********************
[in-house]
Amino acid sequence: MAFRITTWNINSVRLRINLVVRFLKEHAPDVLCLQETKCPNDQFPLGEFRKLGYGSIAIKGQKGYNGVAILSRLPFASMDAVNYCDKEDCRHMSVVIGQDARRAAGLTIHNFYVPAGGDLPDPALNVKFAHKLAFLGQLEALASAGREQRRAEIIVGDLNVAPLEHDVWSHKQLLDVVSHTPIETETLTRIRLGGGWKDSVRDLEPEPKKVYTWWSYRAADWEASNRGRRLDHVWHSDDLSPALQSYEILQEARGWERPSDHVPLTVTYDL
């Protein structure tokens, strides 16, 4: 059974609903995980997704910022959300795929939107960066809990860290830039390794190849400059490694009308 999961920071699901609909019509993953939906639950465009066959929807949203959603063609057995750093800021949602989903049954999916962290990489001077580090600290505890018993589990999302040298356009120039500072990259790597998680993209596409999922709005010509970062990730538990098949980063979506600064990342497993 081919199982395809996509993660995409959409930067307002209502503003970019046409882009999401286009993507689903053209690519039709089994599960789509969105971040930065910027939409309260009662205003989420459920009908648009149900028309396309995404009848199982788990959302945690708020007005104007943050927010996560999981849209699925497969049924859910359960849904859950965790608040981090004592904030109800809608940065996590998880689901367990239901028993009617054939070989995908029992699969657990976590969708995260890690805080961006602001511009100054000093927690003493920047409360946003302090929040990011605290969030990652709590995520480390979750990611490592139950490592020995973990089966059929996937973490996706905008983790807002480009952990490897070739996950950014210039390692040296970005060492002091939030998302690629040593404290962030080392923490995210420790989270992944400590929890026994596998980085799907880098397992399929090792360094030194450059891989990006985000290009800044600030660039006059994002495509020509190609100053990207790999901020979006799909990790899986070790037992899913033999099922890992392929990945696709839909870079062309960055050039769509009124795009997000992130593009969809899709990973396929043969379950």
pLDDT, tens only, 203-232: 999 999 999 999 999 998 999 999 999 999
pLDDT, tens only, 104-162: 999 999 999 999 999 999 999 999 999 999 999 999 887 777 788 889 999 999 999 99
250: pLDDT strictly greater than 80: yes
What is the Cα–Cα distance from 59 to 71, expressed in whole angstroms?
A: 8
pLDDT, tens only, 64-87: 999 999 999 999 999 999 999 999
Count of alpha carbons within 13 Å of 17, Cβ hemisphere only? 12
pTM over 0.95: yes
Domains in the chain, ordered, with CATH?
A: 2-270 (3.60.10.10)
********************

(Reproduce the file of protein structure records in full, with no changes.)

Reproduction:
[in-house]
Amino acid sequence: MAFRITTWNINSVRLRINLVVRFLKEHAPDVLCLQETKCPNDQFPLGEFRKLGYGSIAIKGQKGYNGVAILSRLPFASMDAVNYCDKEDCRHMSVVIGQDARRAAGLTIHNFYVPAGGDLPDPALNVKFAHKLAFLGQLEALASAGREQRRAEIIVGDLNVAPLEHDVWSHKQLLDVVSHTPIETETLTRIRLGGGWKDSVRDLEPEPKKVYTWWSYRAADWEASNRGRRLDHVWHSDDLSPALQSYEILQEARGWERPSDHVPLTVTYDL
């Protein structure tokens, strides 16, 4: 059974609903995980997704910022959300795929939107960066809990860290830039390794190849400059490694009308 999961920071699901609909019509993953939906639950465009066959929807949203959603063609057995750093800021949602989903049954999916962290990489001077580090600290505890018993589990999302040298356009120039500072990259790597998680993209596409999922709005010509970062990730538990098949980063979506600064990342497993 081919199982395809996509993660995409959409930067307002209502503003970019046409882009999401286009993507689903053209690519039709089994599960789509969105971040930065910027939409309260009662205003989420459920009908648009149900028309396309995404009848199982788990959302945690708020007005104007943050927010996560999981849209699925497969049924859910359960849904859950965790608040981090004592904030109800809608940065996590998880689901367990239901028993009617054939070989995908029992699969657990976590969708995260890690805080961006602001511009100054000093927690003493920047409360946003302090929040990011605290969030990652709590995520480390979750990611490592139950490592020995973990089966059929996937973490996706905008983790807002480009952990490897070739996950950014210039390692040296970005060492002091939030998302690629040593404290962030080392923490995210420790989270992944400590929890026994596998980085799907880098397992399929090792360094030194450059891989990006985000290009800044600030660039006059994002495509020509190609100053990207790999901020979006799909990790899986070790037992899913033999099922890992392929990945696709839909870079062309960055050039769509009124795009997000992130593009969809899709990973396929043969379950």
pLDDT, tens only, 203-232: 999 999 999 999 999 998 999 999 999 999
pLDDT, tens only, 104-162: 999 999 999 999 999 999 999 999 999 999 999 999 887 777 788 889 999 999 999 99
250: pLDDT strictly greater than 80: yes
What is the Cα–Cα distance from 59 to 71, expressed in whole angstroms?
A: 8
pLDDT, tens only, 64-87: 999 999 999 999 999 999 999 999
Count of alpha carbons within 13 Å of 17, Cβ hemisphere only? 12
pTM over 0.95: yes
Domains in the chain, ordered, with CATH?
A: 2-270 (3.60.10.10)